Gnod…as mentioned earlier every band seemed to be trying to out do each other. With Gnod it was all bets off. Already confirmed to appear with Dave White, actually witnessing this in the flesh was spine shivering. And that was before the music started. From a dull throb they built up a cavernous echoe of noise as White stalked the stage like some demented shaman intent on delivering us all to the temple of psych. The visuals pumped up leaving White a black shape throwing his arms around beckoning you to join him. Then the music erupted with a little shimmy of drum noises around the boom and we were off. Nirvana must feel like this. Heaven must feel like this. Hell must feel like this. A sea of contorted bodies writhed to the pulsing beats as clangs of white noise washed over everyone all the time being batted back by White’s howling lyrics. You needed to be there to really understand. Words can’t do this justice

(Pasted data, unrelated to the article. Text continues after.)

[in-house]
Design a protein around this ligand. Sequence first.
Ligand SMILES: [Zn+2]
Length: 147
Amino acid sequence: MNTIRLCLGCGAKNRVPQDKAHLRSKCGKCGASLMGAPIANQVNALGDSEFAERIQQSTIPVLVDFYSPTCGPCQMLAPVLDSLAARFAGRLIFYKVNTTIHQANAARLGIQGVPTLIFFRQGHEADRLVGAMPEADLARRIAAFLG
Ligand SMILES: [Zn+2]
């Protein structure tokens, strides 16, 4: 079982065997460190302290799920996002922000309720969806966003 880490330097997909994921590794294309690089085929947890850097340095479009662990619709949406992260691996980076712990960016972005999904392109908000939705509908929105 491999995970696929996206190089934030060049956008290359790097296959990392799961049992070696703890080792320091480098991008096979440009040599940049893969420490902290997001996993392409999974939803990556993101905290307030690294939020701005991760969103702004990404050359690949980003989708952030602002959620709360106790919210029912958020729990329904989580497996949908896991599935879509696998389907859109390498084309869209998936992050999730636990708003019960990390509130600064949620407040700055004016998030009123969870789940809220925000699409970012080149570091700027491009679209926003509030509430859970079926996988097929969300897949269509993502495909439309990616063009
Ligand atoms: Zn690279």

White Hills…with everyone else buggering off to see some band called Goat and having just played a blinder with Gnod it’s a wonder Dave White wanted to carry one but it showed the true rock and roll fire in his heart as he stalked the stage in his silver pants looking every inch like a rock god. And then they started. One last blast of rock and roll action and White Hills knew exactly what they were doing. Equal parts cool and raunch, bass player Ego pulled all the requisite moves whilst White disappeared into a caver of smoke and channeled the spirit of Hendrix right through a fuzzed out motorik beat. Playing off each other the set was perfectly times to pull in the rest of the crowd who had failed to get into Goat and by the time Under Skin started they had a full room. To top it all off they finished with a storming version of ‘In Your Room’ whose bleeding guitar sound just shredded the audience whilst Ego yelled out the backing vocals. White Hills looked happy, the crowd were elated and we even got a bow from all three members. A true psychedelic rock experience from one of the best bands around. Tonight belonged to White Hills.